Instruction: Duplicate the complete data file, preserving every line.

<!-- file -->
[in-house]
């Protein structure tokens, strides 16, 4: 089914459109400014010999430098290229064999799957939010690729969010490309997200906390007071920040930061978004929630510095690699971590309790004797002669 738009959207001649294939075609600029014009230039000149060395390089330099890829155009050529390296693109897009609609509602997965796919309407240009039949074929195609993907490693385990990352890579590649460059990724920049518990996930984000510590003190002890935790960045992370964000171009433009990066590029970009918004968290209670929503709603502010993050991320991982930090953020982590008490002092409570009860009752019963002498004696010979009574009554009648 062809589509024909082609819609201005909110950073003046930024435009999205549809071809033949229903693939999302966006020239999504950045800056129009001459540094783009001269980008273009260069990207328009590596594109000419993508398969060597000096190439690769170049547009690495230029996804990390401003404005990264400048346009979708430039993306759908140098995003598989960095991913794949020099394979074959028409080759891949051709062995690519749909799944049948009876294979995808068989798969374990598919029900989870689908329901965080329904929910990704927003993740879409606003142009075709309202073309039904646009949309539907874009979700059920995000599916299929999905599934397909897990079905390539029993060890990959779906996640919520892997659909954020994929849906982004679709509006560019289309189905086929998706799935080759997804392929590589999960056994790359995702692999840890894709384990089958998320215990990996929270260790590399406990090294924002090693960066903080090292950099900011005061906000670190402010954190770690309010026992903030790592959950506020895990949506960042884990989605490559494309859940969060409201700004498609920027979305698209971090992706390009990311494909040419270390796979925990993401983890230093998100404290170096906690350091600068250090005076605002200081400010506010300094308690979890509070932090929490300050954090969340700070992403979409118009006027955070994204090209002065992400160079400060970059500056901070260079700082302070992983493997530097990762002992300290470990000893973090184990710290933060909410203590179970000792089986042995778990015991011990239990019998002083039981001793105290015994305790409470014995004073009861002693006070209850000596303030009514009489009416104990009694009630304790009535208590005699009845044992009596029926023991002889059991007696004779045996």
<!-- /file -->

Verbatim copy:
[in-house]
């Protein structure tokens, strides 16, 4: 089914459109400014010999430098290229064999799957939010690729969010490309997200906390007071920040930061978004929630510095690699971590309790004797002669 738009959207001649294939075609600029014009230039000149060395390089330099890829155009050529390296693109897009609609509602997965796919309407240009039949074929195609993907490693385990990352890579590649460059990724920049518990996930984000510590003190002890935790960045992370964000171009433009990066590029970009918004968290209670929503709603502010993050991320991982930090953020982590008490002092409570009860009752019963002498004696010979009574009554009648 062809589509024909082609819609201005909110950073003046930024435009999205549809071809033949229903693939999302966006020239999504950045800056129009001459540094783009001269980008273009260069990207328009590596594109000419993508398969060597000096190439690769170049547009690495230029996804990390401003404005990264400048346009979708430039993306759908140098995003598989960095991913794949020099394979074959028409080759891949051709062995690519749909799944049948009876294979995808068989798969374990598919029900989870689908329901965080329904929910990704927003993740879409606003142009075709309202073309039904646009949309539907874009979700059920995000599916299929999905599934397909897990079905390539029993060890990959779906996640919520892997659909954020994929849906982004679709509006560019289309189905086929998706799935080759997804392929590589999960056994790359995702692999840890894709384990089958998320215990990996929270260790590399406990090294924002090693960066903080090292950099900011005061906000670190402010954190770690309010026992903030790592959950506020895990949506960042884990989605490559494309859940969060409201700004498609920027979305698209971090992706390009990311494909040419270390796979925990993401983890230093998100404290170096906690350091600068250090005076605002200081400010506010300094308690979890509070932090929490300050954090969340700070992403979409118009006027955070994204090209002065992400160079400060970059500056901070260079700082302070992983493997530097990762002992300290470990000893973090184990710290933060909410203590179970000792089986042995778990015991011990239990019998002083039981001793105290015994305790409470014995004073009861002693006070209850000596303030009514009489009416104990009694009630304790009535208590005699009845044992009596029926023991002889059991007696004779045996």